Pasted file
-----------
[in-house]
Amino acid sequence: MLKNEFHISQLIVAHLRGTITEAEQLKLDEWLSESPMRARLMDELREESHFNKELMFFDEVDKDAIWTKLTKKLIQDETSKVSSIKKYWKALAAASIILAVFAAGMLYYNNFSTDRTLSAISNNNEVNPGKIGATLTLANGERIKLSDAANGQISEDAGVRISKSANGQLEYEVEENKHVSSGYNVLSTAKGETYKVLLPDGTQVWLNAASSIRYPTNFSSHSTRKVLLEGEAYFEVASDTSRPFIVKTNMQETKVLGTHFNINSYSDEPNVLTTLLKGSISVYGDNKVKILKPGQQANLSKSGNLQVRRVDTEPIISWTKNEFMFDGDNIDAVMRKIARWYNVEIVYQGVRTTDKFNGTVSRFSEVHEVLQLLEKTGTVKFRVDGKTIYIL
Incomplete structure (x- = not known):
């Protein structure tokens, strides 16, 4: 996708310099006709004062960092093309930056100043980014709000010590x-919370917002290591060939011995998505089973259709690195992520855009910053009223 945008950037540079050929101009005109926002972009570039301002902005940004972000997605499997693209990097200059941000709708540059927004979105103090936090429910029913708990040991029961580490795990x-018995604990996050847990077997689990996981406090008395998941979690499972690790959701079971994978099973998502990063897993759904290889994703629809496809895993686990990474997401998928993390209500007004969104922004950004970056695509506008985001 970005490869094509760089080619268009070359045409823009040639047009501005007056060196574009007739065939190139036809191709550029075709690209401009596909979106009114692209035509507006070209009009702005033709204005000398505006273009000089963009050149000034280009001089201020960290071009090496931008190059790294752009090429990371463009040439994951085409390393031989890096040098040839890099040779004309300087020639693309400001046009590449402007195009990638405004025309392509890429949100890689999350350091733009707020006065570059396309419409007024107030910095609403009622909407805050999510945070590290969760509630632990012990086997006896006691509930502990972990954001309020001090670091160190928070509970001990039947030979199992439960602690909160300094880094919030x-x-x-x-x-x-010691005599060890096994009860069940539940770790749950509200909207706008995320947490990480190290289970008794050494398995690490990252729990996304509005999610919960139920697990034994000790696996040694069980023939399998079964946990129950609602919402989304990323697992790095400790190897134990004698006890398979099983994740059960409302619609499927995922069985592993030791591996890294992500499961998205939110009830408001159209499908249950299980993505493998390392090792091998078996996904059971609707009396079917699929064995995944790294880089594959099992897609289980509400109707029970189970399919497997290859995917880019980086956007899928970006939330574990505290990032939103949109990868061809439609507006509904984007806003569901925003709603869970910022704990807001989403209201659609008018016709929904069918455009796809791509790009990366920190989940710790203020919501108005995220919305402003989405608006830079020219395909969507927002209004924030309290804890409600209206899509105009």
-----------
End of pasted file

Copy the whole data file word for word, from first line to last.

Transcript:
[in-house]
Amino acid sequence: MLKNEFHISQLIVAHLRGTITEAEQLKLDEWLSESPMRARLMDELREESHFNKELMFFDEVDKDAIWTKLTKKLIQDETSKVSSIKKYWKALAAASIILAVFAAGMLYYNNFSTDRTLSAISNNNEVNPGKIGATLTLANGERIKLSDAANGQISEDAGVRISKSANGQLEYEVEENKHVSSGYNVLSTAKGETYKVLLPDGTQVWLNAASSIRYPTNFSSHSTRKVLLEGEAYFEVASDTSRPFIVKTNMQETKVLGTHFNINSYSDEPNVLTTLLKGSISVYGDNKVKILKPGQQANLSKSGNLQVRRVDTEPIISWTKNEFMFDGDNIDAVMRKIARWYNVEIVYQGVRTTDKFNGTVSRFSEVHEVLQLLEKTGTVKFRVDGKTIYIL
Incomplete structure (x- = not known):
């Protein structure tokens, strides 16, 4: 996708310099006709004062960092093309930056100043980014709000010590x-919370917002290591060939011995998505089973259709690195992520855009910053009223 945008950037540079050929101009005109926002972009570039301002902005940004972000997605499997693209990097200059941000709708540059927004979105103090936090429910029913708990040991029961580490795990x-018995604990996050847990077997689990996981406090008395998941979690499972690790959701079971994978099973998502990063897993759904290889994703629809496809895993686990990474997401998928993390209500007004969104922004950004970056695509506008985001 970005490869094509760089080619268009070359045409823009040639047009501005007056060196574009007739065939190139036809191709550029075709690209401009596909979106009114692209035509507006070209009009702005033709204005000398505006273009000089963009050149000034280009001089201020960290071009090496931008190059790294752009090429990371463009040439994951085409390393031989890096040098040839890099040779004309300087020639693309400001046009590449402007195009990638405004025309392509890429949100890689999350350091733009707020006065570059396309419409007024107030910095609403009622909407805050999510945070590290969760509630632990012990086997006896006691509930502990972990954001309020001090670091160190928070509970001990039947030979199992439960602690909160300094880094919030x-x-x-x-x-x-010691005599060890096994009860069940539940770790749950509200909207706008995320947490990480190290289970008794050494398995690490990252729990996304509005999610919960139920697990034994000790696996040694069980023939399998079964946990129950609602919402989304990323697992790095400790190897134990004698006890398979099983994740059960409302619609499927995922069985592993030791591996890294992500499961998205939110009830408001159209499908249950299980993505493998390392090792091998078996996904059971609707009396079917699929064995995944790294880089594959099992897609289980509400109707029970189970399919497997290859995917880019980086956007899928970006939330574990505290990032939103949109990868061809439609507006509904984007806003569901925003709603869970910022704990807001989403209201659609008018016709929904069918455009796809791509790009990366920190989940710790203020919501108005995220919305402003989405608006830079020219395909969507927002209004924030309290804890409600209206899509105009």